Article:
If you are denied entry it’s not because of a decision the guards make individually, but rather what their regulations require them to do. You won’t be able to bend the rules; any gate guard who offers to help you bend the rules (rather than meeting the requirements for entry) will likely not be working the front gate very long.
How To Gain Access To A Military Base To Deliver Food, Groceries, Etc.
With the understanding that such policies vary from base to base, here are some general guidelines for delivering food on a military base.
The first thing you’ll need to do is to call the base’s Visitor Center, Welcome Center, or even the base operator (ask to be connected to the office responsible for approving commercial vehicle access to the base such as Pass and ID, Security Forces office, etc.) and ask what the procedures for commercial vehicle access to the base is currently.
Some bases will permit a delivery driver to access family housing area on base but not “working areas” such as the flightline, maintenance depots, etc. Others may have a designated delivery procedure worked out for drivers in advance. You’ll want to know what the rules for access are and under what circumstances.
Here’s an excerpt from the regulations at Joint Base Langley-Eustis in Virginia:
“All commercial vehicles and their contents will be inspected each time they enter the installation. Commercial vehicles include, but are not limited to: taxis, limousines, delivery cars/vans (such as pizza delivery or courier services)..”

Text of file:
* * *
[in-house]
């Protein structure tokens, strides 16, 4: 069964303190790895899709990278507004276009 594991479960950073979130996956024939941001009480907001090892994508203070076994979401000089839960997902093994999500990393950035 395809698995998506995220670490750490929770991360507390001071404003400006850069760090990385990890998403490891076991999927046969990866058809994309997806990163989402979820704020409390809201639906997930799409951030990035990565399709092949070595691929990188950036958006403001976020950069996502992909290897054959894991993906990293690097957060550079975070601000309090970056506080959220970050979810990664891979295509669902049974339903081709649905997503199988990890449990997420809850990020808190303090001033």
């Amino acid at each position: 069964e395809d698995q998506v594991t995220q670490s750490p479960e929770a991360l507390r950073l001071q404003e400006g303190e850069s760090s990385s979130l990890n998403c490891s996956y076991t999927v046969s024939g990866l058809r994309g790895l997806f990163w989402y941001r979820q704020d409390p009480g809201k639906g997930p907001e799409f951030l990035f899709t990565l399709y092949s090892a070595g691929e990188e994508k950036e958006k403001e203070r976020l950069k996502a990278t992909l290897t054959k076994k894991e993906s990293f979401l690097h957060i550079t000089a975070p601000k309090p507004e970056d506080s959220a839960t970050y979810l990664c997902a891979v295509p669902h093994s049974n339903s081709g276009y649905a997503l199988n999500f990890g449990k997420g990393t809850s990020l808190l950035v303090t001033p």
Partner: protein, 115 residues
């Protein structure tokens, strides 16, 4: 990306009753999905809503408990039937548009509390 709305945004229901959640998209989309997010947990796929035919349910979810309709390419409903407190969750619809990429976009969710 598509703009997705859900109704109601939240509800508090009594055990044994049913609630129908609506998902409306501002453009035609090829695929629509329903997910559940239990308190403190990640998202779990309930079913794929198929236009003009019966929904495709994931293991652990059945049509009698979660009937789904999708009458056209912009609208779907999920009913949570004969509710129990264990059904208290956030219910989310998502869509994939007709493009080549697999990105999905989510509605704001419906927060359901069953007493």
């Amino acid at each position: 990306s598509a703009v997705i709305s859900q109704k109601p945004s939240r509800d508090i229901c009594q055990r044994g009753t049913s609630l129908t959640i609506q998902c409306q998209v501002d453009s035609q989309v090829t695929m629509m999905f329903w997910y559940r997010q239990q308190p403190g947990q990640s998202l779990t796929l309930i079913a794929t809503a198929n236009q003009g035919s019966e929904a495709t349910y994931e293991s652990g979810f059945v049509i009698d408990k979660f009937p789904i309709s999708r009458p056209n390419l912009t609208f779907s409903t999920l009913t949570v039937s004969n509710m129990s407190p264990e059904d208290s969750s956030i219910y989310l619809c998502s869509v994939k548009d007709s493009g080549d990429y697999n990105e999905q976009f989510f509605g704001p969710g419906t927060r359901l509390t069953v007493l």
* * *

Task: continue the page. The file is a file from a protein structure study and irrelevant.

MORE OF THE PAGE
These guidelines include a requirement to classify large and small commercial vehicles; depending on your classification you may only be permitted to access the base via certain gates and at certain hours.
Remember, not all bases permit such access by commercial vehicles; controlled access areas such as a Sensitive Compartmented Information Facility (SCIF) may not permit any outsider access whatsoever. Some bases have high security procedures for reasons not apparent to civilians; you simply may not be allowed to enter some bases if you don’t have military ID, orders, or some other form of authorization to be there from the government.
DoorDash, GrubHub, Postmates Customers
This section applies to customers of any delivery service, and is not exclusive to the companies mentioned so far; when ordering from any of these it is crucial to remember that the customer service experience you get with a delivery to a military base will NOT be identical to those where there are no access issues.
Military customers should be mindful about tipping well, about providing APPROPRIATE feedback for the delivery drivers, etc. Complaining that your order took longer because you had to go to the front gate to collect the delivery is a lousy thing to do to your driver who is at the mercy of base regulations and forced to take longer with your order as a result.
Drivers complain frequently about the treatment they get at the front gate–sometimes out of ignorance of the procedures and how long it can take to make it to the front gate at peak entry and exit times.
But they also complain about a lack of understanding from their military customers when there are delays or other issues with delivery. On-base customers should remember that they have it easy when it comes to accessing the base because they are trusted and have ID cards.
Delivery drivers are viewed as third-party outsiders by your front gate security forces guards and must be dealt with accordingly. Cut your driver some slack and give tips and feedback accordingly.
Joe Wallace is a 13-year veteran of the United States Air Force and a former reporter for Air Force Television News